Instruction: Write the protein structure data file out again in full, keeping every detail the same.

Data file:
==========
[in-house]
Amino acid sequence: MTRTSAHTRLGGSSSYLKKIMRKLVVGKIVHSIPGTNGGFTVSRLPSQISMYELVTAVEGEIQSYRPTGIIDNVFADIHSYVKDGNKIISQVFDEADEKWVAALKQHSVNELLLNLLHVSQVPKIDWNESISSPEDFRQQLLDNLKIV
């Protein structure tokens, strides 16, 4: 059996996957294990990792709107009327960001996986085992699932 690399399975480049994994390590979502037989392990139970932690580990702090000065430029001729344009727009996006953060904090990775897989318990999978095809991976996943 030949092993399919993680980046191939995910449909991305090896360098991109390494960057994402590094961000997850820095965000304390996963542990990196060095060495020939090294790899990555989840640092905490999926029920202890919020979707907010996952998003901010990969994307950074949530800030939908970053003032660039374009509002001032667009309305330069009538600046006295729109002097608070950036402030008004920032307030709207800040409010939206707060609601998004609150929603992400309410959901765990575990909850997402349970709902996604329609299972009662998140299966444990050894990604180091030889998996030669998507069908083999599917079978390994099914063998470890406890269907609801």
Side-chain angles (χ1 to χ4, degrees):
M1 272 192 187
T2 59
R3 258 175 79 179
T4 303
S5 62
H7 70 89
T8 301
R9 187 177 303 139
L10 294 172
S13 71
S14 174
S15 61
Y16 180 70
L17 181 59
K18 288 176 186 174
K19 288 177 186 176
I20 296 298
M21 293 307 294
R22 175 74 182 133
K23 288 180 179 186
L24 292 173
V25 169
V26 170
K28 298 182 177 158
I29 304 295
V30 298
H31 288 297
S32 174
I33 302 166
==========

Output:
[in-house]
Amino acid sequence: MTRTSAHTRLGGSSSYLKKIMRKLVVGKIVHSIPGTNGGFTVSRLPSQISMYELVTAVEGEIQSYRPTGIIDNVFADIHSYVKDGNKIISQVFDEADEKWVAALKQHSVNELLLNLLHVSQVPKIDWNESISSPEDFRQQLLDNLKIV
């Protein structure tokens, strides 16, 4: 059996996957294990990792709107009327960001996986085992699932 690399399975480049994994390590979502037989392990139970932690580990702090000065430029001729344009727009996006953060904090990775897989318990999978095809991976996943 030949092993399919993680980046191939995910449909991305090896360098991109390494960057994402590094961000997850820095965000304390996963542990990196060095060495020939090294790899990555989840640092905490999926029920202890919020979707907010996952998003901010990969994307950074949530800030939908970053003032660039374009509002001032667009309305330069009538600046006295729109002097608070950036402030008004920032307030709207800040409010939206707060609601998004609150929603992400309410959901765990575990909850997402349970709902996604329609299972009662998140299966444990050894990604180091030889998996030669998507069908083999599917079978390994099914063998470890406890269907609801």
Side-chain angles (χ1 to χ4, degrees):
M1 272 192 187
T2 59
R3 258 175 79 179
T4 303
S5 62
H7 70 89
T8 301
R9 187 177 303 139
L10 294 172
S13 71
S14 174
S15 61
Y16 180 70
L17 181 59
K18 288 176 186 174
K19 288 177 186 176
I20 296 298
M21 293 307 294
R22 175 74 182 133
K23 288 180 179 186
L24 292 173
V25 169
V26 170
K28 298 182 177 158
I29 304 295
V30 298
H31 288 297
S32 174
I33 302 166